عنوان مقاله [English]
Introduction: Sugar beet competes with weeds for light, nutrients and water resources and is so sensitive especially at the early stages of growth. Weeds are the most important factors limiting sugar beet production in Iran. Although, about 20 herbicides were registered to control weeds, but their effectiveness would be high only if farmers use them properly. Due to sensitivity of weeds to herbicides at certain times, determination of the best herbicide application time is very important. Cloridazon is one of the selective herbicides registered for broadleaf weeds control of sugar beet. Both pre and post-emergence applications of this herbicide were recommended but the effectiveness of treatment should be evaluated.
Material and Methods: In order to determine the best application time of Cloridazon (Pyramin, WP 65%) to control broad leaf weeds in sugar beet field, an experiment was conducted in two locations i.e. Golestan province (Gonbad station) and Khozestan province (Safiabad, Dezful station), Iran, during 2018. Experiments were arranged as randomized complete block design with 4 replications. Treatments were: application of Cloridazon at 3, 4 & 5 kg/ha, and two different application times (i.e. pre-emerge and post-emerge at 4 leaf stages), application of Phenmedipham+Desmedipham+ Ethofumesate (Betanal Progress O.F. at 3 lit/ha at 2-4 leaf stages), and weed free as the check. Each experimental plots were divided into two parts including: uncontrolled part (as weedy control) and treatment part. Efficacy of the treatments on weed population and control was evaluated based on the percent of reduction in weeds density and dry weight and EWEC scoring system at 30 days after herbicides application. Root yield of sugar beet was also measured at the end of the growing season. The weed spectrum was not similar in both locations. Polygonum aviculare and Sonchus arvensis were dominant in Gonbad and Malva sylvestris and Sinapis arvensis were dominant in Dezful. Experimental data were analyzed by SAS (version 9.1) program and means were compared with the Duncan's multiple range test.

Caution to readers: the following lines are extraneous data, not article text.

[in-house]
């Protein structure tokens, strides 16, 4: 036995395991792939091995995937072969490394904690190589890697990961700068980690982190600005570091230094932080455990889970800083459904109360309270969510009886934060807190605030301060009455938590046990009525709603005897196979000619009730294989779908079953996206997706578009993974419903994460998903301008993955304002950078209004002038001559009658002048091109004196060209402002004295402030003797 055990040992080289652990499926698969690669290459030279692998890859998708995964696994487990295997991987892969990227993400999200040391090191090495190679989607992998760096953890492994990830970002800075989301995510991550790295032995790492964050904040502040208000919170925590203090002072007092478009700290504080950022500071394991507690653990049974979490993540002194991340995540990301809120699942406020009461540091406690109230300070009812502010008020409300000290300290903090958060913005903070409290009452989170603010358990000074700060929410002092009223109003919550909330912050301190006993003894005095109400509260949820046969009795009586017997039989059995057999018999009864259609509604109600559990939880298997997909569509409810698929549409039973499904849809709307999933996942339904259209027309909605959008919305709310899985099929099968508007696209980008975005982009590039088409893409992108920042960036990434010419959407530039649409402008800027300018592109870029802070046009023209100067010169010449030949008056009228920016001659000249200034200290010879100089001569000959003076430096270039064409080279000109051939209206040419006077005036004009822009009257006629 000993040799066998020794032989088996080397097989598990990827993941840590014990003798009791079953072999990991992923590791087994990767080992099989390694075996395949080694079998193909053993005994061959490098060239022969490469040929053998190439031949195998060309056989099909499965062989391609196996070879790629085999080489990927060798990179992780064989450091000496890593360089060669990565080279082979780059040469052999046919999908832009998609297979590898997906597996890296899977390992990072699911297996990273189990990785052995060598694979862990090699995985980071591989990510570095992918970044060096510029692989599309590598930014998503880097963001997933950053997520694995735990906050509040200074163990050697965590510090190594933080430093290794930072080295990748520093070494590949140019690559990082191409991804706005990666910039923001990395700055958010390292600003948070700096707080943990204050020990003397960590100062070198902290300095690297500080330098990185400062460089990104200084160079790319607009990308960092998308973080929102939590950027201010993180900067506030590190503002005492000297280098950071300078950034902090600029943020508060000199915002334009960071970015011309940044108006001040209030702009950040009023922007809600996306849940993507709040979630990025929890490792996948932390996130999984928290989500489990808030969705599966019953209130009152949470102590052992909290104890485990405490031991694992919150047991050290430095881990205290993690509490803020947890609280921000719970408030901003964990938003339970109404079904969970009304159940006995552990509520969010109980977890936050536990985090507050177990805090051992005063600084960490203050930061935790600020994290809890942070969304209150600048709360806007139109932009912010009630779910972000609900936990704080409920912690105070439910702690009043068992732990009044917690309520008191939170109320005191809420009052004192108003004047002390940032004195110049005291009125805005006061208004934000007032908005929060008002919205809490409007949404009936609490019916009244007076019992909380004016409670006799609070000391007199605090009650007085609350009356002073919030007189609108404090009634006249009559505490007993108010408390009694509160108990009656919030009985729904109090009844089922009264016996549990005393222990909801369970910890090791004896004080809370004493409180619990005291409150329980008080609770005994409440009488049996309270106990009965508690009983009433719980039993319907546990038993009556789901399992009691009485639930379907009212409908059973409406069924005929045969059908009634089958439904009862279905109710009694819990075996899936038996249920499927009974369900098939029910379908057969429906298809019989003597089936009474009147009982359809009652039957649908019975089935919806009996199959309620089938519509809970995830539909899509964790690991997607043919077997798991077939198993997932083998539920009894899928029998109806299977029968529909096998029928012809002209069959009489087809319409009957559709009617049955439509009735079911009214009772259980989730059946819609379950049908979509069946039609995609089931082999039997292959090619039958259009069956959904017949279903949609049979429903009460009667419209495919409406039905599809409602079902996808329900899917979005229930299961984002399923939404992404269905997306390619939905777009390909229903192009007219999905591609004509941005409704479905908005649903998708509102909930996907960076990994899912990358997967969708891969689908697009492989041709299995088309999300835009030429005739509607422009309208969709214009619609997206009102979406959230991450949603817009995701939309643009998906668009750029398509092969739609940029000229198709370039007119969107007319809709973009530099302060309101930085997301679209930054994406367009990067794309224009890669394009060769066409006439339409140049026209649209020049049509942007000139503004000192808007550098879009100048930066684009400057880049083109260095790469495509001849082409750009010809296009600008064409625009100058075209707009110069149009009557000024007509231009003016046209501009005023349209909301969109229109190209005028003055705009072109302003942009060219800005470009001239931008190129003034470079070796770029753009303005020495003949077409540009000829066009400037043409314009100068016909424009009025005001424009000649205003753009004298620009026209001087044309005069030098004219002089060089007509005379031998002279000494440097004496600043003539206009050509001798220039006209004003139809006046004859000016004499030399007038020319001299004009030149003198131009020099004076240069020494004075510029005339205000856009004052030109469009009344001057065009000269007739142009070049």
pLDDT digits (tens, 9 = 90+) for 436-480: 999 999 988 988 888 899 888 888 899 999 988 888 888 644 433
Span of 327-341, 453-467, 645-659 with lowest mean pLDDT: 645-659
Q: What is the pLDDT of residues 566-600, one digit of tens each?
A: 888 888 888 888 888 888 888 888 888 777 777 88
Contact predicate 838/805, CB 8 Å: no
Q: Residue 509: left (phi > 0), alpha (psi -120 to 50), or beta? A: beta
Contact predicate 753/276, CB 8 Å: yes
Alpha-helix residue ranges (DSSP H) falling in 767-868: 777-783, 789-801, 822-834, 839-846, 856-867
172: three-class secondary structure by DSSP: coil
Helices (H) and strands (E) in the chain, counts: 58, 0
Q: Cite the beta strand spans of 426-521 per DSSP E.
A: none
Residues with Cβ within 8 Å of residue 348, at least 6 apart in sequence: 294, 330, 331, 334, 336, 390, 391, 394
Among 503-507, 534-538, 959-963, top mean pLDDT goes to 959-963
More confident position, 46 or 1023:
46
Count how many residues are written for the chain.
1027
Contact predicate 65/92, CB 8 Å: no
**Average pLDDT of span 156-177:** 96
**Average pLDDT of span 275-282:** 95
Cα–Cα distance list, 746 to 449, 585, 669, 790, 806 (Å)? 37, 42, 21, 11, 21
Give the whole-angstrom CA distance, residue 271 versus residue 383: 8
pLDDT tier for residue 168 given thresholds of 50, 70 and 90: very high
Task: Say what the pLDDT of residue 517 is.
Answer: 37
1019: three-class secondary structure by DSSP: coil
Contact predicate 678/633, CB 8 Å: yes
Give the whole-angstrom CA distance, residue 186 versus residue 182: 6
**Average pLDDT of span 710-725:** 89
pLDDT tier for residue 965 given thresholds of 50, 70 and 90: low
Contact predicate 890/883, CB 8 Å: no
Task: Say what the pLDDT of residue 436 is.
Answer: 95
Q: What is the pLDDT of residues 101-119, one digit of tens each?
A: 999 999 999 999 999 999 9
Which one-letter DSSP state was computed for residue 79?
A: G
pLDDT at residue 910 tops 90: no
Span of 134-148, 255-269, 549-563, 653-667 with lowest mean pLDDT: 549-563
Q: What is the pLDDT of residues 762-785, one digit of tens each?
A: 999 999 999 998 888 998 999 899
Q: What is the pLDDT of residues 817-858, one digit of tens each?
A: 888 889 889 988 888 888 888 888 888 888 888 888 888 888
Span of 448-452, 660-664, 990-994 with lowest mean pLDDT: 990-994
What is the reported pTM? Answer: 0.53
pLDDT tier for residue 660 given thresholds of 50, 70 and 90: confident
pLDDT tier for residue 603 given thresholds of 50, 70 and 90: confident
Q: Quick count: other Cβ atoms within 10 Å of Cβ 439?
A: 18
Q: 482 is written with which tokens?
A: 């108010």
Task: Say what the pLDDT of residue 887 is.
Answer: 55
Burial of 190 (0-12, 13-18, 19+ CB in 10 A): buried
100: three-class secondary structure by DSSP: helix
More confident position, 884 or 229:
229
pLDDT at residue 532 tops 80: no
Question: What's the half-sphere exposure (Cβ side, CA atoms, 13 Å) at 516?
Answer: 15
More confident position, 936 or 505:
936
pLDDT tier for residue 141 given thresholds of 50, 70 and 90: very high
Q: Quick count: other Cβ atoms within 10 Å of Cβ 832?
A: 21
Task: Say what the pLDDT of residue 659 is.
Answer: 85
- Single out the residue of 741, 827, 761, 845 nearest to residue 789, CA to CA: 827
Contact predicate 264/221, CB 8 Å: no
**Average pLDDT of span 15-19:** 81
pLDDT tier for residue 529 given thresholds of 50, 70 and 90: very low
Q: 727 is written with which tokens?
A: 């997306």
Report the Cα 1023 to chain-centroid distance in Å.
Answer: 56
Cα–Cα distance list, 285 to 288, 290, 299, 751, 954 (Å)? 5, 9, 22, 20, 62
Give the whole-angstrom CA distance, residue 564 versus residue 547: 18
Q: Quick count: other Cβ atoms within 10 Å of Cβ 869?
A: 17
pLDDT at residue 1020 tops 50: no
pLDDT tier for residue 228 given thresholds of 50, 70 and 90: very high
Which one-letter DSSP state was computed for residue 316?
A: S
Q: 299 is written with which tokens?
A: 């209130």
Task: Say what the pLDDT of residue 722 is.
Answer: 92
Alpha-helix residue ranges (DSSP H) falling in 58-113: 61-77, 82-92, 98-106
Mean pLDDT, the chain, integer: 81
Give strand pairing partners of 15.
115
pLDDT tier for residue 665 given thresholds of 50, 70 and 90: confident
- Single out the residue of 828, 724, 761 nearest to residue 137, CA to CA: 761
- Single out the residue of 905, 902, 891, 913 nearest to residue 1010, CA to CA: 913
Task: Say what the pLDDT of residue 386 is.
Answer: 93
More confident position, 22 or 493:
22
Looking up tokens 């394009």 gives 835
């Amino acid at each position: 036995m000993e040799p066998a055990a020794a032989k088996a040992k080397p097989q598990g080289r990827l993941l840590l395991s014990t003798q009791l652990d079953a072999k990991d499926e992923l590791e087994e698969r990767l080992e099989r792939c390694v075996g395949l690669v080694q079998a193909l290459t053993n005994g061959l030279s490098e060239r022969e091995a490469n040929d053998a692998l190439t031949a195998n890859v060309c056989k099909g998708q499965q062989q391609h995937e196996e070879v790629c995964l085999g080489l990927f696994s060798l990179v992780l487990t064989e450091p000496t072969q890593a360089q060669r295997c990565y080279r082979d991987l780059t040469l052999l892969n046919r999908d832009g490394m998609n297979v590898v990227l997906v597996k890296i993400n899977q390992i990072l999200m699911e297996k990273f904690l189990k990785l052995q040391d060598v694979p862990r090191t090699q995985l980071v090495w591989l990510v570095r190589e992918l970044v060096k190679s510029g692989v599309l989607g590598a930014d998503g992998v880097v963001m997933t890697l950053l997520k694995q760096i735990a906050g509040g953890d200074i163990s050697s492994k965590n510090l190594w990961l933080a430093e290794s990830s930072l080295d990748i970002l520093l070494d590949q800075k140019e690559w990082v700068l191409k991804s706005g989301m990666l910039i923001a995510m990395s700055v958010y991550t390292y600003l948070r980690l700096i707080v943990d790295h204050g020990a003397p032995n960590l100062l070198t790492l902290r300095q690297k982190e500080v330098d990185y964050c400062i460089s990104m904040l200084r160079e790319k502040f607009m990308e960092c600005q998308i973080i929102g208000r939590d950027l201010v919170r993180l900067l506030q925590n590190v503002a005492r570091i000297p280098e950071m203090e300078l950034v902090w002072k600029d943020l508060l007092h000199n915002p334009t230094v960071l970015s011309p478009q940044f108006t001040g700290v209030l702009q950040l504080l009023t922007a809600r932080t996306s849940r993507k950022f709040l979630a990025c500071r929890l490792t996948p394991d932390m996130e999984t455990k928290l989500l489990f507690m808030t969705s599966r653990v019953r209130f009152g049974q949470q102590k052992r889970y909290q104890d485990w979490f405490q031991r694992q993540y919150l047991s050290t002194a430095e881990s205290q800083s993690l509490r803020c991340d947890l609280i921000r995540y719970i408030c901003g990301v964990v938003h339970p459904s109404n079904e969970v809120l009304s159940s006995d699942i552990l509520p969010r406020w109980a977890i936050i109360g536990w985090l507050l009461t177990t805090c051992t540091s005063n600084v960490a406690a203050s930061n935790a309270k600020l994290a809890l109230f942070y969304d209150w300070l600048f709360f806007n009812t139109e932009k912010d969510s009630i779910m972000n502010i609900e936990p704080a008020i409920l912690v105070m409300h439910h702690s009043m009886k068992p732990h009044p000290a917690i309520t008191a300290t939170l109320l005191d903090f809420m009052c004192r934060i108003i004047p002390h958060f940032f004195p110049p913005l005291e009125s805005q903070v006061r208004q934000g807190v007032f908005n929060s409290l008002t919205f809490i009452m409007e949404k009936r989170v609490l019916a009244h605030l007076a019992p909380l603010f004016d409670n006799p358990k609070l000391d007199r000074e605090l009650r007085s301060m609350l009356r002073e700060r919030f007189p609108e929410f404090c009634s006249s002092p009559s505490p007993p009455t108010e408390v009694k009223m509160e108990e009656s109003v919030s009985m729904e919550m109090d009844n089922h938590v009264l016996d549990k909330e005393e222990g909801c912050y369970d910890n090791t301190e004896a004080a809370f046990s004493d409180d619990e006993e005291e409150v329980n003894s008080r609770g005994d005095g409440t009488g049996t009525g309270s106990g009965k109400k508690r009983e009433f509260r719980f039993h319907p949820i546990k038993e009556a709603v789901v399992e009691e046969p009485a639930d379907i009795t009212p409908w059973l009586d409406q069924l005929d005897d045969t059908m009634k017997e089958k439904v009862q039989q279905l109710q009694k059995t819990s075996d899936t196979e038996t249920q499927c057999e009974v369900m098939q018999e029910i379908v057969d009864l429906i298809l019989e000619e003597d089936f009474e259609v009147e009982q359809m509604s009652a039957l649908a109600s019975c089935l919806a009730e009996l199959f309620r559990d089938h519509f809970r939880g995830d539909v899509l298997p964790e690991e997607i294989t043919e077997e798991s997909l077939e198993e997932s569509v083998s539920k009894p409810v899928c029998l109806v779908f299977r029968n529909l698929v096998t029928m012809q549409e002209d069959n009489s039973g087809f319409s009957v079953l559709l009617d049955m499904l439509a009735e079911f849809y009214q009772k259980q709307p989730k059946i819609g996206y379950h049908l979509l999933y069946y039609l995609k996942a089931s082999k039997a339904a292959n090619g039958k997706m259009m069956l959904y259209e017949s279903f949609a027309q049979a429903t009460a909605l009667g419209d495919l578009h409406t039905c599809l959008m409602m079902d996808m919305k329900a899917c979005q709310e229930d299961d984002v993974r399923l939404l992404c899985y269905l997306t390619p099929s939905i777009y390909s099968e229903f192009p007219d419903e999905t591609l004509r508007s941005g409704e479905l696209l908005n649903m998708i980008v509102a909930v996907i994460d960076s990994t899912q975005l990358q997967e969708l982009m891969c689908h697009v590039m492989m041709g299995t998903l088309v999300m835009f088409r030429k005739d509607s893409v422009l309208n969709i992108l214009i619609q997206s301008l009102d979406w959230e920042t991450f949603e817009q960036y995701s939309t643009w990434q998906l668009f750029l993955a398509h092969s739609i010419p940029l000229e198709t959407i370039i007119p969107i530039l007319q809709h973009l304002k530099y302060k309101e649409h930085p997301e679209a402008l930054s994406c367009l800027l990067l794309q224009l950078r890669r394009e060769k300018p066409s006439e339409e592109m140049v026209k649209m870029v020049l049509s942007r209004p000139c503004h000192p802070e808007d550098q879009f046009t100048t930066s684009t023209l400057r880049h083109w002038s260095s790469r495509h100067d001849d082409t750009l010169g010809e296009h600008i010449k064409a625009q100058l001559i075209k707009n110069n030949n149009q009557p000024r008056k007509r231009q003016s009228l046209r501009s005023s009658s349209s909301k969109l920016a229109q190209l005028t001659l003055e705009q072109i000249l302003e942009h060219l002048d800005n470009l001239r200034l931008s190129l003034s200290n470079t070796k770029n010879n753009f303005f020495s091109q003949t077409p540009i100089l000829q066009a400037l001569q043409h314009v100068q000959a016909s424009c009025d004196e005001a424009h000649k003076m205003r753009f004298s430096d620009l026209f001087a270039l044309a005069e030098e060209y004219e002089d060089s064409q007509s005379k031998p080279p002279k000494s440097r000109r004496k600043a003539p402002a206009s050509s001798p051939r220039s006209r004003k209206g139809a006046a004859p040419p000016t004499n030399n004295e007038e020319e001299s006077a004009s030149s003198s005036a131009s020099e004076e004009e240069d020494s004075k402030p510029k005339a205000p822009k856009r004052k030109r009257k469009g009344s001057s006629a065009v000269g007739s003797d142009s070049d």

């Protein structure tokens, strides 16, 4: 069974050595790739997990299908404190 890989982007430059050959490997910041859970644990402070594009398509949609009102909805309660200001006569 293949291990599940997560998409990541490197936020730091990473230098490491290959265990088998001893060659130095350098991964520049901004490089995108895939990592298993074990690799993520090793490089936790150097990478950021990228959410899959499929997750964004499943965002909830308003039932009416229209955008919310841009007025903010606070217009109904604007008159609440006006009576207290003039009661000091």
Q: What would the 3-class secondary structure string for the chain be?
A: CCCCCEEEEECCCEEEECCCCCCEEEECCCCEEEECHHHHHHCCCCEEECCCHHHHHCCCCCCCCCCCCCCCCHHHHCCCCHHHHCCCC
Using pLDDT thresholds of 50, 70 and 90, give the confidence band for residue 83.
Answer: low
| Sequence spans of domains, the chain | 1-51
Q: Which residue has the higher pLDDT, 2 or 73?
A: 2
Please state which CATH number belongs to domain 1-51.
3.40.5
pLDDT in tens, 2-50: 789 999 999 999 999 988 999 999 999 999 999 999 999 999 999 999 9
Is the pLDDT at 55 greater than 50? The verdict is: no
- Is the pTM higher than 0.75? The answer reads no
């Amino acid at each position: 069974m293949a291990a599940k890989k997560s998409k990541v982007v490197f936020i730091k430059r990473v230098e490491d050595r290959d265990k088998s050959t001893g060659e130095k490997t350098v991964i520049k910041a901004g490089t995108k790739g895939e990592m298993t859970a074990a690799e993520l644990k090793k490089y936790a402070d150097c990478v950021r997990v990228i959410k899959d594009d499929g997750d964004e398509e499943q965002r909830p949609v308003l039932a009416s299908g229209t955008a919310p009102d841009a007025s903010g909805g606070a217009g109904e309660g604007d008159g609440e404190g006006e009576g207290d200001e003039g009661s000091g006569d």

Results: The results indicated that the effects of treatments on weeds were significant. Application of Cloridazon at 3 kg/ha controlled sinapis arvensis by 95 to 100% and Sonchus arvensis by 86 to 93%. In both locations, the difference between this treatment and Phenmedipham+ desmedipham+ ethofumesate (Betanal Progress OF) was not significant. Chloridazon (as pre-emergence treatment) performed better in controlling broad leaf weeds compared with post treatment. The pre-emergence application of Chloridazon (at 3 , kg/ha) was the best treatment (with more than 85% weed population control) in both studied areas. In addition, this treatment had no significant difference with Phenmedipham+ desmedipham+ ethofumesate (Betanal Progress OF). The results show the low efficacy of Pyramin on weeds when it was applied late (after 2 leaf stages). However, due to different germination time of weeds, single application of Pyramin is not enough to achieve the desired results. Application of post-treatments (like Betanal Progress OF) is necessary as complementary treatments. However, using 3 kg/ha of Pyramin, cannot control Malva sylvestris if this weed is dominant in the field, and the Pyramin dose should be increased to 4 kg/ha. Anyway, application of Chloridazon at more than 4 kg/ha is not recommended as it would have negative effects on sugar beet seed germination. It should be noted that both cultivars (Roza Gold and Silvetta) used in Gonbad and Dezful were monogrm and more sensitive to herbicides with respect to polygerms. The probability of seed damage on monogrm cultivars will be higher by pre emerge herbicide application. Based on our results, application of Chloridazon (at 3 kg/ha as pre-emerge treatment) was the best treatment for sugar beet root yield and showed no significant difference with the application of Phenmedipham+desmedipham+ ethofumesate (Betanal Progress OF).